Posted on Mar 29, 2019
Desserts are a tasty part of any Easter celebration! Cakes, cupcakes, cookies and pies are dressed up in vibrant hues and unique shapes. While many Easter desserts are flour-based, that doesn’t mean everyone can’t enjoy them, including those with gluten-allergies. Sorghum flour is a great alternative in baked goods for those with celiac disease or gluten intolerance because it is naturally gluten-free. Sorghum is also a nutritious whole grain that is low in fat and an excellent source of fiber and B vitamins, making it ideal for both gluten-free and traditional diets alike.
With this in mind, we were on a mission to create an Easter dessert that took gluten-allergies, health, taste, ease and fun into consideration. We combined our gluten-free sugar cookie recipe with a healthier spin on frosting and toppings - think fruit pizza, Easter themed! They are super easy to make and taste delightful. Grab the family to join in on the cookie-making fun and let’s get started!
2 ½ cups gluten-free all-purpose sorghum flour blend
1 1/2 teaspoon baking powder
1/4 teaspoon salt
2/3 cup butter
3/4 cup sugar
1 teaspoon vanilla
4 teaspoons milk
Our gluten-free sugar cookie recipe calls for a blend of sorghum flour, soy flour and cornstarch. We opted to substitute a gluten-free flour blend made with sorghum in our recipe because it is an easy go-to when you are short on time. Brands like Bob’s Redmill, Wondergrain, Nu Life Market sell all-purpose flour blends containing sorghum and can be purchased from many grocery stores and online retailers. If you’d prefer, you can also follow our gluten-free sugar cookie recipe and make your own blend. To get started, whisk together the all-purpose sorghum flour, baking powder and salt, and set aside.
In a large bowl, cream the butter, sugar and vanilla until it is thoroughly combined. Add the egg and beat the mixture until it is light and fluffy. Next, stir in the milk. Then begin blending in the dry ingredients, a little at a time. After the ingredients are combined, form the dough into a ball, cover the bowl and chill in the refrigerator for one hour.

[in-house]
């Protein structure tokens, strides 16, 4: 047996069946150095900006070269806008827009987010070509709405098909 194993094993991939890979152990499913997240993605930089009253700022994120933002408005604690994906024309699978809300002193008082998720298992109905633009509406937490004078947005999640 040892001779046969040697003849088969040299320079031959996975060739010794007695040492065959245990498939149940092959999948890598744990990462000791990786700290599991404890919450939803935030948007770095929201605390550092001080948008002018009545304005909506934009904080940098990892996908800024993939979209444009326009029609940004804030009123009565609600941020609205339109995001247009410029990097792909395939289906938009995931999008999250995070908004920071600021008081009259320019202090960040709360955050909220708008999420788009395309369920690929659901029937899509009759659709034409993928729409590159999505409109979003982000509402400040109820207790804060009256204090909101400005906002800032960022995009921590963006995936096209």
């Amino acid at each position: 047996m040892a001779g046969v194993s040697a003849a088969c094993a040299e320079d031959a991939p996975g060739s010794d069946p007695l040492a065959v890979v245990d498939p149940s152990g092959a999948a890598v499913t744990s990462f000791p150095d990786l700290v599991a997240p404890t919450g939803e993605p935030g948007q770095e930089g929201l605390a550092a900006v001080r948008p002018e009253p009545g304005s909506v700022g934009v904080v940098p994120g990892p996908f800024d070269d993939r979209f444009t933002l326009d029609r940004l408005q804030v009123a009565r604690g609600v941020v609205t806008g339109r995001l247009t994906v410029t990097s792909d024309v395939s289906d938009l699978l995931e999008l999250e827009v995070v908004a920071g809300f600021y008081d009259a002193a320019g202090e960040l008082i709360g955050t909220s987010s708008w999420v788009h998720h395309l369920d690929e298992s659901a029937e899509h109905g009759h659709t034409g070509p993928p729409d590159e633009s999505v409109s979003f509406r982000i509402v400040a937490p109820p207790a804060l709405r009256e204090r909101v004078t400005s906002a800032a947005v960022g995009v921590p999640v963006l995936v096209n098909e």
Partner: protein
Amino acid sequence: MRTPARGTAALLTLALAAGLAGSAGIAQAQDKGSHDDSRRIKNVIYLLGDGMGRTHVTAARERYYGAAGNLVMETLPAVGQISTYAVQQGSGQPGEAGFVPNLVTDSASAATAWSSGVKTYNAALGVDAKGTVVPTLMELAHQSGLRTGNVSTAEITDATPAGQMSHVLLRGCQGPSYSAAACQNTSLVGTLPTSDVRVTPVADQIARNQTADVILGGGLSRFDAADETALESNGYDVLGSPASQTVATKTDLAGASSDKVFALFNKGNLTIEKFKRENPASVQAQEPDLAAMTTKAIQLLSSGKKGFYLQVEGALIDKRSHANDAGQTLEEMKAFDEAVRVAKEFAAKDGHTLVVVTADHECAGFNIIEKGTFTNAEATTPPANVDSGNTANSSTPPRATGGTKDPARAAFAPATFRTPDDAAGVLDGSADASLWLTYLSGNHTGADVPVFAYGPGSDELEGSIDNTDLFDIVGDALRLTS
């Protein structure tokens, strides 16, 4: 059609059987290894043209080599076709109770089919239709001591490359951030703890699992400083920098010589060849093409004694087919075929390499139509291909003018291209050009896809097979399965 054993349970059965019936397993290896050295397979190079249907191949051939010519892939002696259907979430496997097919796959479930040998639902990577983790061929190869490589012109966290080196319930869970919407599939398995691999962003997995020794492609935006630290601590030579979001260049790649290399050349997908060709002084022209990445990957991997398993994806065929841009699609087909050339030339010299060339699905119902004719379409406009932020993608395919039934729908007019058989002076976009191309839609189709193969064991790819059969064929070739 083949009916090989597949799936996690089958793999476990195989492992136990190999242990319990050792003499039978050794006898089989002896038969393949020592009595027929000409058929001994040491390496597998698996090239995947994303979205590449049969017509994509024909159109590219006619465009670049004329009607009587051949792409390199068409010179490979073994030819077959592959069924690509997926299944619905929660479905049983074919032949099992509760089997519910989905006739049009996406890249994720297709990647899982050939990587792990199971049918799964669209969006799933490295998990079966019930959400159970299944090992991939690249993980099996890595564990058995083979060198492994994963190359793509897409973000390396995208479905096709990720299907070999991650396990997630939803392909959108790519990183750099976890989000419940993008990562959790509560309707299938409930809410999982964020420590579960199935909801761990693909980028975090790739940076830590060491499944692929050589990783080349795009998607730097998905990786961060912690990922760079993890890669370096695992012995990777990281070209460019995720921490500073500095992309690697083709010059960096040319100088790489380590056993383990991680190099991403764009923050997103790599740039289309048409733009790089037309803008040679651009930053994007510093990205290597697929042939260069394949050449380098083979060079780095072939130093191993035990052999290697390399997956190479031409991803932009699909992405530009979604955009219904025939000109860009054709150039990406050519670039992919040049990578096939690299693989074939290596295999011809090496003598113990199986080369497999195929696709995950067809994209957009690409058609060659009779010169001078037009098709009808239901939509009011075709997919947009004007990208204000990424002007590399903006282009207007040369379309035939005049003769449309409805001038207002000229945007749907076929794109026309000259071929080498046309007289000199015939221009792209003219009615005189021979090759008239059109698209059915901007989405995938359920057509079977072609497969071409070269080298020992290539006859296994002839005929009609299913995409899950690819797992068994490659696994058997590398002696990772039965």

Once the dough has chilled, preheat oven to 375 degrees F. While the oven is heating, remove the dough from the refrigerator and divide the ball of dough in half. Form the half into a disc and sprinkle powdered sugar onto your rolling surface. Using a rolling pin, roll the dough out to a thickness of about ¼ of an inch. To add a little more creativity to our mini-sorghum “fruit pizzas,” we decided to use bunny-shaped cookie cutters. You can use any shape - look for Easter-themed cookie cutters in multi-packs at the grocery store or local craft stores that sell cake-decorating supplies. Pick one, pick three, the choice is yours! We recommend selecting a medium-to large cookie cutter to allow room for the fruit topping.
After cutting out all your shapes, place them on an ungreased, non-stick cookie sheet and bake for seven minutes. Upon baking, remove the cookies from the oven and let stand on the cookie sheet for 1-2 minutes. Move the cookies onto a wire rack to continue cooling. Depending on the size and shape of your cookie cutter, this recipe will yield approximately 36 cookies.
While the cookies are cooling, prep the fruit-pizza inspired decorations. Select 3-5 different types of fruit - we chose strawberries, blueberries, kiwi, pineapple and peaches. Chop the fruit into small pieces, except for the blueberries, approximately ¾-1 cup of each. For the icing, you can use a variety of options to make the cookies your own. Whip up a batch of your favorite cream cheese frosting. Or for an easy option, buy a ready-to-use icing from the grocery store. We decided to use Icelandic Provisions Vanilla Skyr, which is similar to greek yogurt but thicker in consistency. Vanilla skyr is a healthier alternative to traditional frosting and compliments the sweetness of the cookie and tartness of the fruit.
To frost the cookies, we placed the skyr in a plastic baggie and clipped the corner. If decorating with the kids, you can also use multiple small baggies and allow them to ice their own cookies. Alternatively, you can use a piping bag if you have one on hand. Begin “icing” by outlining the perimeter of the cookie. Fill in the remainder of the cookie by using a back and forth motion, making sure to apply consistent pressure. Once the icing is applied to the cookie, use a small spatula or butter knife to smooth over. When moving the cookies, be sure to grab them from the base of the bunny to avoid breaking the ears.
After icing the cookies, begin decorating with the fruit. You can set up a decoration bar and let the kids decorate their own. We used a blueberry for the head and tail and filled in the rest randomly with the various colors of fruit. The best part is each cookie will be unique and yummy!
Enjoy your cookies as a delicious snack or serve them as a healthier dessert on Easter. Be sure to store your cookies in the refrigerator. If you have leftover fruit, you can also chop it up and make a tasty fruit salad!